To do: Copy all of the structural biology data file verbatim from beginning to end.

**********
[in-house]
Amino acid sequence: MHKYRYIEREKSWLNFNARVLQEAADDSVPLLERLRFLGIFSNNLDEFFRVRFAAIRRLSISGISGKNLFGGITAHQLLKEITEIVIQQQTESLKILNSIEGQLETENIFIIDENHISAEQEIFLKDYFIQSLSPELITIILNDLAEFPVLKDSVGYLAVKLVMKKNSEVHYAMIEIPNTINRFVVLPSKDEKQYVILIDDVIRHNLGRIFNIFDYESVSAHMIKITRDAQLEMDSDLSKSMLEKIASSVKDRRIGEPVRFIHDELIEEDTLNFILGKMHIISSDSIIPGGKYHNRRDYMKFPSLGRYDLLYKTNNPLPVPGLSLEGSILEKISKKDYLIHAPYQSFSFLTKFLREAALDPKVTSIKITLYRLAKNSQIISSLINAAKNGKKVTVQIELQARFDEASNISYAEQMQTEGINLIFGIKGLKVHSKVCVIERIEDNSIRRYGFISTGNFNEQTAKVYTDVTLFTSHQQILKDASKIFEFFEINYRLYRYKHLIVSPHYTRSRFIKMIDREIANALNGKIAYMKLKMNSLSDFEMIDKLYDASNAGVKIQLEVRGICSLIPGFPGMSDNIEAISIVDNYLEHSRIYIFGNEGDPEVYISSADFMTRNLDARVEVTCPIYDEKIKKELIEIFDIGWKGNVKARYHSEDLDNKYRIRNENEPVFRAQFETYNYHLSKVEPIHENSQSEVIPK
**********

[in-house]
Amino acid sequence: MHKYRYIEREKSWLNFNARVLQEAADDSVPLLERLRFLGIFSNNLDEFFRVRFAAIRRLSISGISGKNLFGGITAHQLLKEITEIVIQQQTESLKILNSIEGQLETENIFIIDENHISAEQEIFLKDYFIQSLSPELITIILNDLAEFPVLKDSVGYLAVKLVMKKNSEVHYAMIEIPNTINRFVVLPSKDEKQYVILIDDVIRHNLGRIFNIFDYESVSAHMIKITRDAQLEMDSDLSKSMLEKIASSVKDRRIGEPVRFIHDELIEEDTLNFILGKMHIISSDSIIPGGKYHNRRDYMKFPSLGRYDLLYKTNNPLPVPGLSLEGSILEKISKKDYLIHAPYQSFSFLTKFLREAALDPKVTSIKITLYRLAKNSQIISSLINAAKNGKKVTVQIELQARFDEASNISYAEQMQTEGINLIFGIKGLKVHSKVCVIERIEDNSIRRYGFISTGNFNEQTAKVYTDVTLFTSHQQILKDASKIFEFFEINYRLYRYKHLIVSPHYTRSRFIKMIDREIANALNGKIAYMKLKMNSLSDFEMIDKLYDASNAGVKIQLEVRGICSLIPGFPGMSDNIEAISIVDNYLEHSRIYIFGNEGDPEVYISSADFMTRNLDARVEVTCPIYDEKIKKELIEIFDIGWKGNVKARYHSEDLDNKYRIRNENEPVFRAQFETYNYHLSKVEPIHENSQSEVIPK